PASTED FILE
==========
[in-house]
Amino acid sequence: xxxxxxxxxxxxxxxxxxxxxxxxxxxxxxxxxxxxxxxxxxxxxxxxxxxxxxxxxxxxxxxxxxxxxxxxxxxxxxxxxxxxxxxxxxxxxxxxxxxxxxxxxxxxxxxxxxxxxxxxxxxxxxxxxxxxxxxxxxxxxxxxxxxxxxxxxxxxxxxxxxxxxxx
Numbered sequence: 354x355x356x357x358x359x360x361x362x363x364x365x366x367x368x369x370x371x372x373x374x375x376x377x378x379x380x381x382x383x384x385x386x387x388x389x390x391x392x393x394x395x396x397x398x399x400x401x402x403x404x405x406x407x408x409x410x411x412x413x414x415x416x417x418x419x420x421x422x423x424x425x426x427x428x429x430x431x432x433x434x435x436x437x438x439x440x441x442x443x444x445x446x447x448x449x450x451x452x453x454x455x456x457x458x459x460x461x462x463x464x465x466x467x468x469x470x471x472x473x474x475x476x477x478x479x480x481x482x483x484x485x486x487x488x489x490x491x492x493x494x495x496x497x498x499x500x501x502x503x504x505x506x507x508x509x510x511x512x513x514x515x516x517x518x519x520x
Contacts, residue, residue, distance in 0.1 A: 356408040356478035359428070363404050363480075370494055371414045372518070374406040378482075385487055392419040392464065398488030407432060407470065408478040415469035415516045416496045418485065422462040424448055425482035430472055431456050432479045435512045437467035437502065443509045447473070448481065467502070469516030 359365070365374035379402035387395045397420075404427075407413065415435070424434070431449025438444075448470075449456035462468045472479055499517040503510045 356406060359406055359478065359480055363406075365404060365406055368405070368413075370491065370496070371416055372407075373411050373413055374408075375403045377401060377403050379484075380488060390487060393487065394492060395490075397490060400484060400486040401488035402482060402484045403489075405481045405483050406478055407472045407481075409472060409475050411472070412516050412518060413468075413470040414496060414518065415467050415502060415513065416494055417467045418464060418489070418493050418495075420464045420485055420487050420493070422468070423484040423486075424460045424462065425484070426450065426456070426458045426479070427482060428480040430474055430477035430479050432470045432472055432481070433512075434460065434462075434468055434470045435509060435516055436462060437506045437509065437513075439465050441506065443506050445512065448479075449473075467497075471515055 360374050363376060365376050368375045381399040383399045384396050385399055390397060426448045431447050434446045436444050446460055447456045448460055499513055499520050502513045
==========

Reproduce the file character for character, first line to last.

[in-house]
Amino acid sequence: xxxxxxxxxxxxxxxxxxxxxxxxxxxxxxxxxxxxxxxxxxxxxxxxxxxxxxxxxxxxxxxxxxxxxxxxxxxxxxxxxxxxxxxxxxxxxxxxxxxxxxxxxxxxxxxxxxxxxxxxxxxxxxxxxxxxxxxxxxxxxxxxxxxxxxxxxxxxxxxxxxxxxxx
Numbered sequence: 354x355x356x357x358x359x360x361x362x363x364x365x366x367x368x369x370x371x372x373x374x375x376x377x378x379x380x381x382x383x384x385x386x387x388x389x390x391x392x393x394x395x396x397x398x399x400x401x402x403x404x405x406x407x408x409x410x411x412x413x414x415x416x417x418x419x420x421x422x423x424x425x426x427x428x429x430x431x432x433x434x435x436x437x438x439x440x441x442x443x444x445x446x447x448x449x450x451x452x453x454x455x456x457x458x459x460x461x462x463x464x465x466x467x468x469x470x471x472x473x474x475x476x477x478x479x480x481x482x483x484x485x486x487x488x489x490x491x492x493x494x495x496x497x498x499x500x501x502x503x504x505x506x507x508x509x510x511x512x513x514x515x516x517x518x519x520x
Contacts, residue, residue, distance in 0.1 A: 356408040356478035359428070363404050363480075370494055371414045372518070374406040378482075385487055392419040392464065398488030407432060407470065408478040415469035415516045416496045418485065422462040424448055425482035430472055431456050432479045435512045437467035437502065443509045447473070448481065467502070469516030 359365070365374035379402035387395045397420075404427075407413065415435070424434070431449025438444075448470075449456035462468045472479055499517040503510045 356406060359406055359478065359480055363406075365404060365406055368405070368413075370491065370496070371416055372407075373411050373413055374408075375403045377401060377403050379484075380488060390487060393487065394492060395490075397490060400484060400486040401488035402482060402484045403489075405481045405483050406478055407472045407481075409472060409475050411472070412516050412518060413468075413470040414496060414518065415467050415502060415513065416494055417467045418464060418489070418493050418495075420464045420485055420487050420493070422468070423484040423486075424460045424462065425484070426450065426456070426458045426479070427482060428480040430474055430477035430479050432470045432472055432481070433512075434460065434462075434468055434470045435509060435516055436462060437506045437509065437513075439465050441506065443506050445512065448479075449473075467497075471515055 360374050363376060365376050368375045381399040383399045384396050385399055390397060426448045431447050434446045436444050446460055447456045448460055499513055499520050502513045